California Educator

September 2016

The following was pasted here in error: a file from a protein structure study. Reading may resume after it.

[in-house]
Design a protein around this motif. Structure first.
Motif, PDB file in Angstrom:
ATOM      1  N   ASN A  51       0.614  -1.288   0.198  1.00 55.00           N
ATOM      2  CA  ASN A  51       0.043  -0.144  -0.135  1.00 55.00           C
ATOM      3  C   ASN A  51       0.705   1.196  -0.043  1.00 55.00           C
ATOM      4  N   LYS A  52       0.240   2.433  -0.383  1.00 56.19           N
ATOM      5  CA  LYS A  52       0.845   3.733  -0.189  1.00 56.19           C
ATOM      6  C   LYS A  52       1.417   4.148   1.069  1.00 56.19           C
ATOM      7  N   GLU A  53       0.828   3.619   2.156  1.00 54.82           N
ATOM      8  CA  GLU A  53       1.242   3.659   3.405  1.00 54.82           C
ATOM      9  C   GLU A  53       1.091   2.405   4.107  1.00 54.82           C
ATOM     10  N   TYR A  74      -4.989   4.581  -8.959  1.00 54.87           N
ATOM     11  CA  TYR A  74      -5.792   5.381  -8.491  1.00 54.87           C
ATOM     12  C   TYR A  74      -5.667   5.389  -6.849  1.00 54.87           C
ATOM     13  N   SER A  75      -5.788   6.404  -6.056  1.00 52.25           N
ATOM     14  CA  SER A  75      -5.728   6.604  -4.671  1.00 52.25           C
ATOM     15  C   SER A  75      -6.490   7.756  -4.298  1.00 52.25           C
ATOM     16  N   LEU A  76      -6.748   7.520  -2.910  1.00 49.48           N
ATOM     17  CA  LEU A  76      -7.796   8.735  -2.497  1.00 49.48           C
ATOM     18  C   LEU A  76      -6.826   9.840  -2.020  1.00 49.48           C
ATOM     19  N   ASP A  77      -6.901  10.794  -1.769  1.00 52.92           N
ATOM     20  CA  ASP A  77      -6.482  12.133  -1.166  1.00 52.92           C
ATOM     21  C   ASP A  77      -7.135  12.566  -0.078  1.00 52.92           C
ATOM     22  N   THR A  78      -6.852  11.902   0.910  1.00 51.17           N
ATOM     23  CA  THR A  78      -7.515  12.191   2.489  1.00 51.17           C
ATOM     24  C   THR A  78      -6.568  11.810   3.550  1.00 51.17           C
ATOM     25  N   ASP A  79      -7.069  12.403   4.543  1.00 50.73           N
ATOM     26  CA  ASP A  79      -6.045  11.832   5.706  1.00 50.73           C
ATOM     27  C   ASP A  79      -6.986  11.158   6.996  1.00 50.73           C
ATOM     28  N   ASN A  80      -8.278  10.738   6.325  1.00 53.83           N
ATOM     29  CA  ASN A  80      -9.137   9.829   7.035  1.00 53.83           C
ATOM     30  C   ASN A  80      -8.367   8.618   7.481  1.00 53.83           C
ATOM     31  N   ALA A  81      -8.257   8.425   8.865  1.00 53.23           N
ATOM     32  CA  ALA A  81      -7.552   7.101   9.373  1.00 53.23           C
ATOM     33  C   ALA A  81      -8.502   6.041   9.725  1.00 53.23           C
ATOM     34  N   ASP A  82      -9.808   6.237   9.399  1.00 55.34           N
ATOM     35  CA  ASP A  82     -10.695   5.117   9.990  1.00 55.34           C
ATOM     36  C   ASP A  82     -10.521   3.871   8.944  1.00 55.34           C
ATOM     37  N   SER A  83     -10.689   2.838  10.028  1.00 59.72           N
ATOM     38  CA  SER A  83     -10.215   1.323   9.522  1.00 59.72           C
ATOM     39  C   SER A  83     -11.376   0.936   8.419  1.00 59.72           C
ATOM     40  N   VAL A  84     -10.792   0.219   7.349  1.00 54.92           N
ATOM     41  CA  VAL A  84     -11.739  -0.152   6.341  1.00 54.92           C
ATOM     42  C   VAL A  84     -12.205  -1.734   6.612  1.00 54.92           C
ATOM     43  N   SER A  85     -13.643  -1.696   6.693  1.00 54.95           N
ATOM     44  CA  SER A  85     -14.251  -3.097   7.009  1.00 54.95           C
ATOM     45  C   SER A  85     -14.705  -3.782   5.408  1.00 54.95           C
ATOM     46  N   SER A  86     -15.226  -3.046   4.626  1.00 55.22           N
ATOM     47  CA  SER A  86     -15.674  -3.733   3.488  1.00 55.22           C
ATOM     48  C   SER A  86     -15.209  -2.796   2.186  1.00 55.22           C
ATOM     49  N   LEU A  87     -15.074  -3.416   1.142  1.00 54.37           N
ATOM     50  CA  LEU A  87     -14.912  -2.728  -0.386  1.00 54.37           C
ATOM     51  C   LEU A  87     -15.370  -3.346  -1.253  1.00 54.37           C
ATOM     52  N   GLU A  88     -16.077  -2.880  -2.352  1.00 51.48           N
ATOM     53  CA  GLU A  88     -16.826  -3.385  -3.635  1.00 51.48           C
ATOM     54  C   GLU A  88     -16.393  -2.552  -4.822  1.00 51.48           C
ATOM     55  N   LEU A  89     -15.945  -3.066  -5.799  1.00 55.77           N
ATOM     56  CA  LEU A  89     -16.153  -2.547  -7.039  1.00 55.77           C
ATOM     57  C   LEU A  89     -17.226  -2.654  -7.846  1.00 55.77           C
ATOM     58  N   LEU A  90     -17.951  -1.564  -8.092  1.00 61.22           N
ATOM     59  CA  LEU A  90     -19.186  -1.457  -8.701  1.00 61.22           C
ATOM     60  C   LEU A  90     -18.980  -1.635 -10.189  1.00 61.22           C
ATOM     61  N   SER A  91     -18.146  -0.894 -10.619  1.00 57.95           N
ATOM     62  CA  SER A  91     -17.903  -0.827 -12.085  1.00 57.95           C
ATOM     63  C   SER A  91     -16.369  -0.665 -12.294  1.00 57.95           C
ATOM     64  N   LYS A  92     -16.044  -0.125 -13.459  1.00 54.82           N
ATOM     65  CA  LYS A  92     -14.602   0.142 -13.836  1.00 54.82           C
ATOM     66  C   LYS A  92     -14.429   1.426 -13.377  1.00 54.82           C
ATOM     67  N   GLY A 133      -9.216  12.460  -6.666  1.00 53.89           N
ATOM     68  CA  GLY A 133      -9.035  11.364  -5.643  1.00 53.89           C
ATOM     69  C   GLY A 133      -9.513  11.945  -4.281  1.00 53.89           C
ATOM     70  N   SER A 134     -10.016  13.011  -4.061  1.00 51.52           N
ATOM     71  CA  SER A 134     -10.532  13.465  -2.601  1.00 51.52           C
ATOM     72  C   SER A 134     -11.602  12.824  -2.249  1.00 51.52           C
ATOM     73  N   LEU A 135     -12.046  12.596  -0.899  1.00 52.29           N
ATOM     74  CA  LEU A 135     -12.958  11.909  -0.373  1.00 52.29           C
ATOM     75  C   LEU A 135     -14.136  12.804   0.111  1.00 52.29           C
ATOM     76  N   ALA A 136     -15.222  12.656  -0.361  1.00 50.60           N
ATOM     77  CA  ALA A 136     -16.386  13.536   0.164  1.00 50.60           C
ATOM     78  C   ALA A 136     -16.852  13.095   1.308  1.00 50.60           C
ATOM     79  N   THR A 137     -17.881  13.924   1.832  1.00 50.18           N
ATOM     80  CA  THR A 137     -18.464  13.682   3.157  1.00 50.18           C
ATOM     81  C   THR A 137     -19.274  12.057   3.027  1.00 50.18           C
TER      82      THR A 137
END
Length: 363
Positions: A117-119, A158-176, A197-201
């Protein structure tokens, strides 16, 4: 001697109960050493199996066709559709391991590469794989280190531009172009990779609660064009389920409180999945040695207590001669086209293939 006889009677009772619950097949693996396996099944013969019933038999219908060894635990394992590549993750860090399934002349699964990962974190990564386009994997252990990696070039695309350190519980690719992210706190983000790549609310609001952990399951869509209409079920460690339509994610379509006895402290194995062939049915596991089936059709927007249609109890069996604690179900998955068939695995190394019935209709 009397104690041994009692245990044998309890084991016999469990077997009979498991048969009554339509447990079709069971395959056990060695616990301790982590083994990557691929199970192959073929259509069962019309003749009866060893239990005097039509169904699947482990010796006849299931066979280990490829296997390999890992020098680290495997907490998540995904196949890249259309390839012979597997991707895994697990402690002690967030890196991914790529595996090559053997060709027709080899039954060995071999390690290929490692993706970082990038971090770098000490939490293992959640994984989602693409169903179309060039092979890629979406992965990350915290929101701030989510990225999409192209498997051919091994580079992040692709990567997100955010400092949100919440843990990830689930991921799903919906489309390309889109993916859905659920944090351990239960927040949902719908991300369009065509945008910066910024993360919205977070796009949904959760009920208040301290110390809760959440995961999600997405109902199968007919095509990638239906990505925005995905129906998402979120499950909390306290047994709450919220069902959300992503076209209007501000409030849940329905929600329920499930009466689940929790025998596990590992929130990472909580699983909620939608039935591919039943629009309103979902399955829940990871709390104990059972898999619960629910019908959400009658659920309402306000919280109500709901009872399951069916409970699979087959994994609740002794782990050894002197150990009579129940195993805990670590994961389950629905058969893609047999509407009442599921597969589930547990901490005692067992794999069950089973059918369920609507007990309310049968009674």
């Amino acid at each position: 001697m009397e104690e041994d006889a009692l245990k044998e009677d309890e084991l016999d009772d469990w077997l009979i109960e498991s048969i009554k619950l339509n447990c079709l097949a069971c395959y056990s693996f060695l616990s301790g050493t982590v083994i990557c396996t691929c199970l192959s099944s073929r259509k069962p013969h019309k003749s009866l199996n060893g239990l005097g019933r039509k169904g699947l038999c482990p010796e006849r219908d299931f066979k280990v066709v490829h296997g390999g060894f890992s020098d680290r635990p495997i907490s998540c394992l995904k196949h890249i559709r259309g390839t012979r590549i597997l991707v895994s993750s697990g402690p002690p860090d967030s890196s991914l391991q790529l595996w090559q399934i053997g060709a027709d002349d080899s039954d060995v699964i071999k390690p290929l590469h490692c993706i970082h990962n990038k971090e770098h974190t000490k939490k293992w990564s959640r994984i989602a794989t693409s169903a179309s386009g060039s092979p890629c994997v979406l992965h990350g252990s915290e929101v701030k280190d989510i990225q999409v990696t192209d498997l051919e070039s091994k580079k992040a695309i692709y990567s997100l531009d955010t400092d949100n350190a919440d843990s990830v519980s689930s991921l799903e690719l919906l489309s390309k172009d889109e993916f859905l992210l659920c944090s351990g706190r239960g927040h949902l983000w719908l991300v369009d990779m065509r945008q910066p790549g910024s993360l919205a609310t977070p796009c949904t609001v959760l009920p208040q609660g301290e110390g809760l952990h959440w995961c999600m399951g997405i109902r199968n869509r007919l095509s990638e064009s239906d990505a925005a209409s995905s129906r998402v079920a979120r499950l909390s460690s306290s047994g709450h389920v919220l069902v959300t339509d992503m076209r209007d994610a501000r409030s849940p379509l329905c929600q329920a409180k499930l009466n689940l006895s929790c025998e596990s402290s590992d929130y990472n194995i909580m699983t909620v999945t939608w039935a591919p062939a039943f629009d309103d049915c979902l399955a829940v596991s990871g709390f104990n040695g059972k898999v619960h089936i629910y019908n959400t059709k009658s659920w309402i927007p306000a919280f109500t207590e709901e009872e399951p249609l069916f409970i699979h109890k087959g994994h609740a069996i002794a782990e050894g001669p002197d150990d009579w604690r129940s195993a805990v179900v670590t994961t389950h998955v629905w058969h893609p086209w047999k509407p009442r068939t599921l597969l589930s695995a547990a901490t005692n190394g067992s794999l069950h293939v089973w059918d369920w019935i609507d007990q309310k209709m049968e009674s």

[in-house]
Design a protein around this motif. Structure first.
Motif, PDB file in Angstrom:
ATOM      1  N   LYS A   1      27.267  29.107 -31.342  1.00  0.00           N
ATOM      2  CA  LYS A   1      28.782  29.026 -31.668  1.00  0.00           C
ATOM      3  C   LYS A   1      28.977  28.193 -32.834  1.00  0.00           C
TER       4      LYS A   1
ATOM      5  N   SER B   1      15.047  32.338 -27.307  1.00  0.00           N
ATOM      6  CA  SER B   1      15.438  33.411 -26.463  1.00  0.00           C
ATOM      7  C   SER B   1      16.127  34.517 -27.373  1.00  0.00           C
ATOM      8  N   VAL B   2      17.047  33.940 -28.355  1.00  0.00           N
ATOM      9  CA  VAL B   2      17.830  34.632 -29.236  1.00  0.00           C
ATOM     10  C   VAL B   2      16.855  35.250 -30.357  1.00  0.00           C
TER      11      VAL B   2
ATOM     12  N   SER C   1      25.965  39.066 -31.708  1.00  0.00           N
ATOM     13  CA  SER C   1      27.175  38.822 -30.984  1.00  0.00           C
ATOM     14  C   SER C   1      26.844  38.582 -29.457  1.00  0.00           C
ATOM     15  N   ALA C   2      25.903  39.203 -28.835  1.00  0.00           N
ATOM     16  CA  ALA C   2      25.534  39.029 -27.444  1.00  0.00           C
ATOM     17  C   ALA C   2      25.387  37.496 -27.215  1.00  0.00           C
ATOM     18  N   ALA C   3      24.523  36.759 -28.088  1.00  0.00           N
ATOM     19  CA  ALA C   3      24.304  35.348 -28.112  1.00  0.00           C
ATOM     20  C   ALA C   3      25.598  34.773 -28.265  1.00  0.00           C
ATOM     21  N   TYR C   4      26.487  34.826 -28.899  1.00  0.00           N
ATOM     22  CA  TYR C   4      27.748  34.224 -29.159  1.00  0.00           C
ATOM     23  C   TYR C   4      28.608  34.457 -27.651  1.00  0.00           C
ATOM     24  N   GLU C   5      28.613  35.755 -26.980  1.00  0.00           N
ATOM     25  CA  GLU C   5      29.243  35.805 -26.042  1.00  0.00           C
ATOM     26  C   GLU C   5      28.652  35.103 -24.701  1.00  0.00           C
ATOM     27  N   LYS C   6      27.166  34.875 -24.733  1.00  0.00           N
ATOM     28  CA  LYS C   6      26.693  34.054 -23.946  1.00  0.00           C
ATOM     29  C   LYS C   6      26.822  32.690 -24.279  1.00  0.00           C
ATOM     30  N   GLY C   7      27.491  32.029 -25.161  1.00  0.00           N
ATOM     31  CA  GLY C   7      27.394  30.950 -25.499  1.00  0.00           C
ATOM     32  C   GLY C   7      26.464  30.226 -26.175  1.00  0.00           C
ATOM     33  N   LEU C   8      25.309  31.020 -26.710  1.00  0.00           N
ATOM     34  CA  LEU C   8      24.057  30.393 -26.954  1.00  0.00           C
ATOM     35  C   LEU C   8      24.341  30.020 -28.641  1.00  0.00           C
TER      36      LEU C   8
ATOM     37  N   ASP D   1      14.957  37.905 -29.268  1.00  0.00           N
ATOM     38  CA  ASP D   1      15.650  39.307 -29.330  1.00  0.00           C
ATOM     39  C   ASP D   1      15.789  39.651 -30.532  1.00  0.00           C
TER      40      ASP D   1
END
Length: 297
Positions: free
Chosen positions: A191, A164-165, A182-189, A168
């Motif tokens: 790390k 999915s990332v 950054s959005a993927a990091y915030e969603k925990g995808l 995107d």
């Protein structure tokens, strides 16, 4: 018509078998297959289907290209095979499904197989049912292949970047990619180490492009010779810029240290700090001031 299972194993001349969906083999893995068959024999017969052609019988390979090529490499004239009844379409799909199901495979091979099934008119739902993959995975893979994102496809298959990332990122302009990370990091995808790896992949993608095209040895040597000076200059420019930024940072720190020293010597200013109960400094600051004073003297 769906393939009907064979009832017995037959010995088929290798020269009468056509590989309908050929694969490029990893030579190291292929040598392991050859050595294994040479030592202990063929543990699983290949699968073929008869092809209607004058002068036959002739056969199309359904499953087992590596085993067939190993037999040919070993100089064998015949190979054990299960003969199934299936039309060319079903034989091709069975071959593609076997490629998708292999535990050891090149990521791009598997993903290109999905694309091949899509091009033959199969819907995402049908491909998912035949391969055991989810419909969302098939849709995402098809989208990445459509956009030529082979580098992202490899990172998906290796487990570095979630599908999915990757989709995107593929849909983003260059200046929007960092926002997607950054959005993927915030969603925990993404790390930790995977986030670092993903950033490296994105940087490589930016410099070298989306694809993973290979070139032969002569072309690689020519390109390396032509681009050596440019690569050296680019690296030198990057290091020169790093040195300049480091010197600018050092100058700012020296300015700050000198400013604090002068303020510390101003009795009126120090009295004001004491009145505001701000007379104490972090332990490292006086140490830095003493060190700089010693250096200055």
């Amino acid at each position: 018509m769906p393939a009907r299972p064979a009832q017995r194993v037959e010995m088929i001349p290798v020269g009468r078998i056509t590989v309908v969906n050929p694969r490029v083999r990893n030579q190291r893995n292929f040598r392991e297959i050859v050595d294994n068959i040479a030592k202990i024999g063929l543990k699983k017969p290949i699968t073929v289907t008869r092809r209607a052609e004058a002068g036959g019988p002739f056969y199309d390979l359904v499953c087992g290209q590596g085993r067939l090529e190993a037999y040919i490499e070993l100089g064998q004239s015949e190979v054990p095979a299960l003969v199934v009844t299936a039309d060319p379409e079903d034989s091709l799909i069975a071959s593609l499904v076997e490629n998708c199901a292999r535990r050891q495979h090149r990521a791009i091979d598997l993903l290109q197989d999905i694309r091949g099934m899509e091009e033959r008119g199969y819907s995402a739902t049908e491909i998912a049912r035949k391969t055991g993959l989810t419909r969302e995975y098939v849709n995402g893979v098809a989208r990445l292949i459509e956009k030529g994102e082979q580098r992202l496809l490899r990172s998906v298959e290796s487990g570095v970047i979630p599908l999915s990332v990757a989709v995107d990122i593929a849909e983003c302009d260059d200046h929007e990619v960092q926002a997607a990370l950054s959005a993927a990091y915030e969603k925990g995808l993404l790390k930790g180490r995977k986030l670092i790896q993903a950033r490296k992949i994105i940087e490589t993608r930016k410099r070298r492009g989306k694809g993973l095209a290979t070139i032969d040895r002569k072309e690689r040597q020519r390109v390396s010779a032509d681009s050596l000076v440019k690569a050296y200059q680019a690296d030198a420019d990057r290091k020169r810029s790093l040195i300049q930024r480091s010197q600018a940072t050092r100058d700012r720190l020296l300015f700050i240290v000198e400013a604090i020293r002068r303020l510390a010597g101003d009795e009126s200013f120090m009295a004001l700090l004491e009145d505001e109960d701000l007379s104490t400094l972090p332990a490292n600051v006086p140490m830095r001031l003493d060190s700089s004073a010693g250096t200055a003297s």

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to expand at the expense of our children who choose to remain in public schools?" asks Brown. Ta x p ay e r s c u r re n t ly p ay m o re t h a n $3 billion annually to fund about 1,200 charters in the state. Evidence shows that charters' lack of accountability has led to financial gains for their private operators, a n d h a s t o o of t e n b e e n di s a stro u s f o r thousands of California students. Taking Action Now, these billionaire backers are spending millions of dollars trying to influence local s c h o o l b o a r d a n d legislative elections across the state. E d u c a t o r s a n d CTA have launched th e Kid s Not P rof- i t s c a m p a i g n t o bring awareness of the private charter industry, the people behind it, and what parents and educators can do to take action. Kids Not Profits draws attention to the need for more accountability and trans- parency for California charter schools and helps expose the coordinated agenda by these billionaires. "Our students are counting on all of us in the community to provide them with the quality public education they need and deserve," says CTA President Eric Heins. " We can't allow a group of billionaires to push their profit-driven agenda on our kids, and we can't allow them to hijack elections to divert even more public money away from our neighborhood public schools." K i d s No t P r o f it s .co m h a s e y e - o p e n - ing resources and data about the wealthy charter school profiteers who have given millions in recent political donations. e list includes Eli Broad, whose secret plan to remove half of the students from Los Angeles' neighborhood public schools like Crenshaw High and place them in unac- countable chart ers was unmasked last year by the Los Angeles Times; the Walton family; Netflix CEO Reed Hastings; e Gap co-founder Doris Fisher ; and others. Funding an Agenda Broad has donated more than $1.35 million to the California Charter School Associa- tion (CCSA), a lobbying arm of the charter school industry, which hopes to put 1 mil- lion children in charters by 2022. In the 2016 primary election, backers of CCSA spent more than $11 million on candidates in California. eir goal is to elect state law- makers and county and local school board members who share t h e i r a g e n d a a n d c a n a p p r o v e n e w charter schools. In addition, Broad and fellow billion- aires actively engage P R f i r m s t o s w a y public opinion and own major shares in media companies, including e 74, which owns the LA School Report website. "Public schools should be about students and inspiring young minds — not profits," Heins says. "It's time to hold charter schools and their private operators accountable to some of the same standards as traditional public schools." As funding for staff, materials and pro- fessional development dwindles, Maynard Brown has seen class size ratios rise to as much as 45 to 1. He feel s strongly that instead of subsidizing corporate charter schools with taxpayer dollars, we should b e u sin g th e m on e y to stren g th en o ur neighborhood public schools for all Cal- ifornia children. "Quality education in inner-city public schools levels the playing field in society, and allows all of our young people to believe in and achieve their dreams," Brown says. United Teachers Los Angeles contributed to this report. To Find Out More Learn more about Kids Not Profits and the privately man- aged charter school industry at #kidsnotprofits "We can't allow a group of billionaires to push their profit-driven agenda on our kids." —ERIC HEINS, CTA President Charter Legislation CTA co-sponsored legislation this year to ensure equal access for all students, and to ensure fiscal transparency and accountability at all charter schools. California lawmakers approved Assembly Bill 709, which requires charter schools to disclose how they spend taxpayer money, prohibits charter school board members and their families from profiting from their schools, and ensures that charter schools comply with California's open meetings and open records laws. This bill is now on the governor's desk. Tell the governor to sign AB 709 at SB 322 would have ended the practice of charters cherry-pick- ing students to help boost the perception of academic success, eliminating their ability to limit enrollment for students with dis- abilities, low-academic performers, English learners, and students who are economically disadvan- taged. However, SB 322 failed on the Assembly floor. 37 September 2016

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